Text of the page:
This essay responds to James Turner Johnson's critiques of my argument in “‘Never Again War’: Recent Shifts in the Roman Catholic Just War Tradition and the Question of ‘Functional Pacifism.’” . It attends specifically to three of Johnson's objections and offers accounts of the meaning and use of the term “functional pacifism,” an understanding of classic just war thought as a tradition, and the concepts of peace and authority within just war and pacifist thought. It argues that my analysis of (...) the Catholic Church's movement toward pacifism but ultimate theological inability to embrace a functional pacifism still stands in spite of Johnson's critiques. In addition, it suggests that Johnson offers a thin pacifistic conception of peace and promotes a restricted notion of ecclesial authority and democratic government. (shrink)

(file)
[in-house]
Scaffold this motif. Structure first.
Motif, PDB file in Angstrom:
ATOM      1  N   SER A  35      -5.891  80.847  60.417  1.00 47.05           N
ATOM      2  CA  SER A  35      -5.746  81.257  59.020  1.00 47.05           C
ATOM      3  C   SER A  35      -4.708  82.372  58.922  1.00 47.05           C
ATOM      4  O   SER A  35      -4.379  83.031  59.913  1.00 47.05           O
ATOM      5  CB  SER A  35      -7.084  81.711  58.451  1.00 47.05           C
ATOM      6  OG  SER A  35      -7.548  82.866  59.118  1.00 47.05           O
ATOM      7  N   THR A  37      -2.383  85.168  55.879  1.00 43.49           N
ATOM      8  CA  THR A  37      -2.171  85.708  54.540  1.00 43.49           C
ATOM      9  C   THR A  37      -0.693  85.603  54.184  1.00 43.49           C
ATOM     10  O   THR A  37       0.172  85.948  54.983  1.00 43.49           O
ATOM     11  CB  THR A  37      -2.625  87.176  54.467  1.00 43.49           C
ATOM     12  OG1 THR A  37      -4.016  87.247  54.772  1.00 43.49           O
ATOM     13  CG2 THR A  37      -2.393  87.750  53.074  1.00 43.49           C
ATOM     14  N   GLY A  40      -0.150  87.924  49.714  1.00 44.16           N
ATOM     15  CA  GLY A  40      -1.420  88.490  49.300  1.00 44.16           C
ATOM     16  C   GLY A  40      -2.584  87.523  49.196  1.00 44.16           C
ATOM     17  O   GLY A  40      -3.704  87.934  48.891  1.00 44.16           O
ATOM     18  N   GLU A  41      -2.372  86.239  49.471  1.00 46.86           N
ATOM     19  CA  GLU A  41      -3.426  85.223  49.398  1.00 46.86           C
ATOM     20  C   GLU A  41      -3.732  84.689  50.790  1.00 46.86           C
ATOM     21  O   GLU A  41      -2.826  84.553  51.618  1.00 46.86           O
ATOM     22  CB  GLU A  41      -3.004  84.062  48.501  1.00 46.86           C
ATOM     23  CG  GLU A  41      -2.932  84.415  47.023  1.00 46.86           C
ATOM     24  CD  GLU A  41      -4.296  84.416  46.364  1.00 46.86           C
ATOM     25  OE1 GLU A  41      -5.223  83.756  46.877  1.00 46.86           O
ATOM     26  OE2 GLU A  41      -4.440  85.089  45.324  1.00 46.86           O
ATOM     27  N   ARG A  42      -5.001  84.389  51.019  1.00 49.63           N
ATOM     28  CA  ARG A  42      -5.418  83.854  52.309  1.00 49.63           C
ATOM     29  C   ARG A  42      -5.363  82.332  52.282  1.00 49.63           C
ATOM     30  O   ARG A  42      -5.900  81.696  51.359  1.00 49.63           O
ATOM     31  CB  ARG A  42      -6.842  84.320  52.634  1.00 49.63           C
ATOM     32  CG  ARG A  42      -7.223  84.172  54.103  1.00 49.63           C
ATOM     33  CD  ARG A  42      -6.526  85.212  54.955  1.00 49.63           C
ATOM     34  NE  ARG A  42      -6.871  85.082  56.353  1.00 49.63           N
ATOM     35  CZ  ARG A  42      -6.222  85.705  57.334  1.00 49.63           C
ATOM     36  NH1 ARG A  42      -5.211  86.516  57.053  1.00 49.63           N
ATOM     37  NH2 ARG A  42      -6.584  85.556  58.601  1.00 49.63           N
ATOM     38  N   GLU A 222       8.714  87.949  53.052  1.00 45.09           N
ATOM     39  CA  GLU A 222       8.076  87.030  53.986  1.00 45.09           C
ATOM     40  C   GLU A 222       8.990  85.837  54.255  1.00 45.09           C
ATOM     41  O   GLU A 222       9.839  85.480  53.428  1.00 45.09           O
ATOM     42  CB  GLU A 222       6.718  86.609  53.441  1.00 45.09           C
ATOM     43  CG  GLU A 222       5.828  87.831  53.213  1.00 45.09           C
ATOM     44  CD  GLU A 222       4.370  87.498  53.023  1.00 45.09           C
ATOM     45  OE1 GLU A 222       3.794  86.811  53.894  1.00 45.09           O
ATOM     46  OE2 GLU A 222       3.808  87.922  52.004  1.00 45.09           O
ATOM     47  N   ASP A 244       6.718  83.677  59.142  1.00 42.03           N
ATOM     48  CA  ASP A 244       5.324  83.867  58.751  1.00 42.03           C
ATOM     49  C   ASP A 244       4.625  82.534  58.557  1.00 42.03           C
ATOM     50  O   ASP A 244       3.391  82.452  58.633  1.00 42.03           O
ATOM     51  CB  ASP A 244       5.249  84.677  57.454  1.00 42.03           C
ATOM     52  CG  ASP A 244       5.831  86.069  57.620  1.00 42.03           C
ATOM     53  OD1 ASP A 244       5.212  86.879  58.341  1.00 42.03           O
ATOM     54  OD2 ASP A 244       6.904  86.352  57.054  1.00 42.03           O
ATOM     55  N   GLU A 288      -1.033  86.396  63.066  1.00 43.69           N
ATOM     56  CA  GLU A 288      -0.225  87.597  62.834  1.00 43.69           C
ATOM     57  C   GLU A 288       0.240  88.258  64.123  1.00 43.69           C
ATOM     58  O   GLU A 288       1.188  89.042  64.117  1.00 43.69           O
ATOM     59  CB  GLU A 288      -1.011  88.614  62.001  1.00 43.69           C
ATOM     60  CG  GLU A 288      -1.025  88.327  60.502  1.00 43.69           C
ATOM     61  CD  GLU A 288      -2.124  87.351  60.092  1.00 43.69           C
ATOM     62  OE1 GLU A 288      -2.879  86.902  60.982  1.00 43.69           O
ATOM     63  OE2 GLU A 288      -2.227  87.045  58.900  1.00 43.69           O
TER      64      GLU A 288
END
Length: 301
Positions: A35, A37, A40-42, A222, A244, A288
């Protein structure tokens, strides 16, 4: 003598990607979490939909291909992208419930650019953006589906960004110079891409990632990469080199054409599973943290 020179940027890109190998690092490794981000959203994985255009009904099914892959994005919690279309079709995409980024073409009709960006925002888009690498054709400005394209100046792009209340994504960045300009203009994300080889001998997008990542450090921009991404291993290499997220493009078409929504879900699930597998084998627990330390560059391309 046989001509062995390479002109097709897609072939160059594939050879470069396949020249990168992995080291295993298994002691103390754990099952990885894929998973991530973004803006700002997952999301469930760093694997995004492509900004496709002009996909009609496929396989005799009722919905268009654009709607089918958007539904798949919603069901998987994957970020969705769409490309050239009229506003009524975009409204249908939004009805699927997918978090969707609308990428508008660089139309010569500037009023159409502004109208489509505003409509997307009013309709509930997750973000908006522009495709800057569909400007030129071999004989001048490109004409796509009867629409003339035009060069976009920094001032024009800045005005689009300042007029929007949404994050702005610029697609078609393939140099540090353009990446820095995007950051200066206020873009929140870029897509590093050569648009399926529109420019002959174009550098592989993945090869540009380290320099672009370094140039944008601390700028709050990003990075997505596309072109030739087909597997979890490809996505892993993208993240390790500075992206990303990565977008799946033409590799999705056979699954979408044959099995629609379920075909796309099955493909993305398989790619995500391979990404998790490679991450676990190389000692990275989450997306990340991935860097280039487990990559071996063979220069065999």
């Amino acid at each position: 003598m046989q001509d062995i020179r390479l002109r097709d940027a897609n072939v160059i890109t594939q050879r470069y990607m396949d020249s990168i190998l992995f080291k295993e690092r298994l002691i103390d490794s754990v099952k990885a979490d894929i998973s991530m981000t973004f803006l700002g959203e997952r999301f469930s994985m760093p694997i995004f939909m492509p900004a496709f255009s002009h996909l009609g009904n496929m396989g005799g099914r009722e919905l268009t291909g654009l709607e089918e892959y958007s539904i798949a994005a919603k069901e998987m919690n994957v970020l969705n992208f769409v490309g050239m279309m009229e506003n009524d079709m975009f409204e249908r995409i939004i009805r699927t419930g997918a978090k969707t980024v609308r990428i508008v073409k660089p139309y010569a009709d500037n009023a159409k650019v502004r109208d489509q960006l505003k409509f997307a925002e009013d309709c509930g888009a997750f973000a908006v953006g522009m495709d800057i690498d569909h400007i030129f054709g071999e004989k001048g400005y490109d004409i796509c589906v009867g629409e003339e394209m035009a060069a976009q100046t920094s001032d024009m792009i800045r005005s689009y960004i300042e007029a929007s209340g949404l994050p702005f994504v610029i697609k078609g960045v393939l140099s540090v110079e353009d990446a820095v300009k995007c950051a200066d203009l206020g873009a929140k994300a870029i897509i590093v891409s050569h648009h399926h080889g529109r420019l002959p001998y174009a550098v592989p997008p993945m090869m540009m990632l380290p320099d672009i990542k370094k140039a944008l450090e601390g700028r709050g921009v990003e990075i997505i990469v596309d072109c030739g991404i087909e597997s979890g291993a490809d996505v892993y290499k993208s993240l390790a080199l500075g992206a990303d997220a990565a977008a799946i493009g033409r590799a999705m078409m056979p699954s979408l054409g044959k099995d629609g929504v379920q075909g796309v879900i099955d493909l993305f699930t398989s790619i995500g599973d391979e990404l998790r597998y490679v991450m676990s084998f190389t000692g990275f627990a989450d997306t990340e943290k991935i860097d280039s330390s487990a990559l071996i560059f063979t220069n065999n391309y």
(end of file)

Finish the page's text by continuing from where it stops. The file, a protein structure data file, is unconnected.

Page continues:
_A smart philosophical look at the cult hit television show, _Arrested Development__ _Arrested Development_ earned six Emmy awards, a Golden Globe award, critical acclaim, and a loyal cult following—and then it was canceled. Fortunately, this book steps into the void left by the show's premature demise by exploring the fascinating philosophical issues at the heart of the quirky Bluths and their comic exploits. Whether it's reflecting on Gob's self-deception or digging into Tobias's double entendres, you'll watch your favorite scenes and (...) episodes of the show in a whole new way. Takes an entertaining look at the philosophical ideas and tensions in the show's plots and themes Gives you new insights about the Bluth family and other characters: Is George Michael's crush on his cousin unnatural? Is it immoral for Lindsay to lie about stealing clothes to hide the fact that she has a job? Are the pictures really of bunkers or balls? Lets you sound super-smart as you rattle off the names of great philosophers like Sartre and Aristotle to explain key characters and episodes of the show Packed with thought-provoking insights, _Arrested Development and Philosophy_ is essential reading for anyone who wants to know more about their late, lamented TV show. And it'll keep you entertained until the long-awaited _Arrested Development_ movie finally comes out. (shrink)